Davalynn Spencer @davalynnspencer
Why do we think we should have things that are perfect? Things that always operate correctly and never breakdown or wear out?
Is it a latent memory in our DNA left over from the Garden of Eden where everything really was perfect (except for a single slippery intruder)?
It seems to be human nature to want everything to work out right, work right, or just plain work. Cars. Computers. Kids.
Why is so much maintenance required? Why is so much money required? Why is something somewhere, at some time always going wrong?
If I had the one-size-fits-all-every-time answer for these questions, I’d be famous and independently wealthy. But it’s not like we didn’t know what was coming. Jesus told us we’d have trouble in this world.
The “Why me?” whine doesn’t really pour well when we’re also told the rain falls on the good guys and on the bad guys too, and rain is typically a blessing when mentioned in the Bible.
So if I don’t have any real control over things in my world falling apart, I can at least wield control over myself by not falling apart with them.
I can choose to respond, or I can choose to react. If I choose to respond, then I can also choose my response.
Will I whine or trust?
Will I grump or be grateful?
Will I curse the rain or dance in it?
Decisions, decisions, decisions.
Rejoice in the Lord always.
I will say it again: rejoice!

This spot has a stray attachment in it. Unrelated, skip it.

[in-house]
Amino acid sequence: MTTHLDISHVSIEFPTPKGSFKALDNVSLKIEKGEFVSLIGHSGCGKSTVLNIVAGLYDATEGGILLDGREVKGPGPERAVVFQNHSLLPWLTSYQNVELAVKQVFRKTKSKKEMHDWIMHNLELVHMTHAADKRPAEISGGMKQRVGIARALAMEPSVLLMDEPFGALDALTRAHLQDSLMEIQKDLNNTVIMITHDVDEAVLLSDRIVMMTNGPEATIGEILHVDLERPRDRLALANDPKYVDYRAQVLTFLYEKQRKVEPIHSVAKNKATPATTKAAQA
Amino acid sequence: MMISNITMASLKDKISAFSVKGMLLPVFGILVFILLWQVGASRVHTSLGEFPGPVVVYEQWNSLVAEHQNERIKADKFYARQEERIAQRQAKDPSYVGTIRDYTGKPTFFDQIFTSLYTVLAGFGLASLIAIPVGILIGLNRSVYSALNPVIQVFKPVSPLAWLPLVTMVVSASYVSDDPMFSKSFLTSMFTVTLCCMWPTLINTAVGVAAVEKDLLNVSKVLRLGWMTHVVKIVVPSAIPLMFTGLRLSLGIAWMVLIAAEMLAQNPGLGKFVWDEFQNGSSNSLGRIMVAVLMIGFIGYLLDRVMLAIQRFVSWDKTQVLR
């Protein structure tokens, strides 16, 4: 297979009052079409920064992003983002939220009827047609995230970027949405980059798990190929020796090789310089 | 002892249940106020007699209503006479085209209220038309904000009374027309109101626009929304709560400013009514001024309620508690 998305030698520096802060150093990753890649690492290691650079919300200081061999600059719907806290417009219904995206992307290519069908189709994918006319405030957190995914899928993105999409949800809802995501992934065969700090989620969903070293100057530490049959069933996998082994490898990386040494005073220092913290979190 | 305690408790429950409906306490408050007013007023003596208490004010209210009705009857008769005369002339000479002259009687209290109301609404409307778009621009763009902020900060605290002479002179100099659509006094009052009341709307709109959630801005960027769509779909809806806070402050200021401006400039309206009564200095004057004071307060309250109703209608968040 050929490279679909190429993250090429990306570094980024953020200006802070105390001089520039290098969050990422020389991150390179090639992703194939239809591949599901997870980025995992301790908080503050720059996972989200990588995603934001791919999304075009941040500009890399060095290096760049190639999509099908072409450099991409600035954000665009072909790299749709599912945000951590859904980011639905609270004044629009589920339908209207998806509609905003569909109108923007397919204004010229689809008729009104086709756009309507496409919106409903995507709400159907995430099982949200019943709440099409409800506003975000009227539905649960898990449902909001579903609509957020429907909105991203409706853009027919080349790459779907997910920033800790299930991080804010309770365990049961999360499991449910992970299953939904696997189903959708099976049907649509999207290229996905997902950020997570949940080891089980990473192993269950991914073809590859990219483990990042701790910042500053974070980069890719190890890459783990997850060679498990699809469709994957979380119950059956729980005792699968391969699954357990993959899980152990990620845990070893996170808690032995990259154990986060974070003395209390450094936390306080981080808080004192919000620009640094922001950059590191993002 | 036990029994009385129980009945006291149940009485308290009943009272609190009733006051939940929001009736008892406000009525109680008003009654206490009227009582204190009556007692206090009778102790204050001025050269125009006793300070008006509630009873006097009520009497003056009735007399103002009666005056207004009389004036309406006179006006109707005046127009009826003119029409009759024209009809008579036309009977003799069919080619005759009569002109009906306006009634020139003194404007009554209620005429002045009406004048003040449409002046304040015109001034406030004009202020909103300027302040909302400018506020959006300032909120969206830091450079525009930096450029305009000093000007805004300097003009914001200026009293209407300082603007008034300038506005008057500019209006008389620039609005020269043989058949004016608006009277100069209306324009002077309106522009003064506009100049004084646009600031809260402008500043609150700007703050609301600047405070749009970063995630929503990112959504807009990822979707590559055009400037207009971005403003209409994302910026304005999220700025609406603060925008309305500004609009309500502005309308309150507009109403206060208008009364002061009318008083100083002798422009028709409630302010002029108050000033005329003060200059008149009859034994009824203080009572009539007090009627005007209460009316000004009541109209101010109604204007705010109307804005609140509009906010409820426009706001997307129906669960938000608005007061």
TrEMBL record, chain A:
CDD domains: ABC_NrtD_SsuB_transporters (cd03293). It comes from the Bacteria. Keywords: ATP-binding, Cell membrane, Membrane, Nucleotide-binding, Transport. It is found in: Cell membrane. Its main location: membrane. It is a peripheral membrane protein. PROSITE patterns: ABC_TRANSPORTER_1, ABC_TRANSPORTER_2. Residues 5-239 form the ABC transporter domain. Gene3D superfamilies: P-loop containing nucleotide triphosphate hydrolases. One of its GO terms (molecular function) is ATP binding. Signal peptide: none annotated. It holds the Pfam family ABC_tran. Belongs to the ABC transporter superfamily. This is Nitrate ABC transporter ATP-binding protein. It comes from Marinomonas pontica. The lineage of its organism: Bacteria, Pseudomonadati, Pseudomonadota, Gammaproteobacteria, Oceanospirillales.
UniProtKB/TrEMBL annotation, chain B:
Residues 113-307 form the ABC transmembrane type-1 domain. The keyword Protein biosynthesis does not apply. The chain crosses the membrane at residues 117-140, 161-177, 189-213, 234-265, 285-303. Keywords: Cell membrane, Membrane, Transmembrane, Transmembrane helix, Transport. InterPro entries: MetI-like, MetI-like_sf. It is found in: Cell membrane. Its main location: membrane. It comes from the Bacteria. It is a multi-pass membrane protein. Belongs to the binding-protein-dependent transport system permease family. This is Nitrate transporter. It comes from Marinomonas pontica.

Let your gentleness be known to all,
The Lord is at hand.
~Decisions, decisions, decisions Click To Tweet
Mary’s feet were tender all right, but she wasn’t about to let Hugh know it. Nor was she about to complain, not after what she’d witnessed today.
While he stopped at the washstand, she went inside, a sense of home engulfing her with the aroma of fresh coffee and a rich stew. The boys sat at the table like ants on a sugar cube, and Helen dished up a small bowl for each one.
“You can sit by me,” Kip offered, suffering kicks from his brothers across the table. He sat board straight, glaring at them. Helen shook her head as if she didn’t have the strength to cuff them.
Mary helped set the bowls around. “Thank you, Kip. I’m so pleased to see all of you waiting like perfect gentlemen.”
Ty and Jay hung their heads, not looking up until their father came in.
Hugh’s hair was wet and slicked back, his sleeves were rolled up, and water spots dotted the front of his blue shirt. The sight of him shamed her for speaking so boldly earlier, for acting so bold, and she hoped the flush she felt in her cheeks would be blamed on the cook stove. It was almost too warm an evening to serve hot food, but Helen had cooked for this family long enough to know what they needed and liked. ~Hope Is Built
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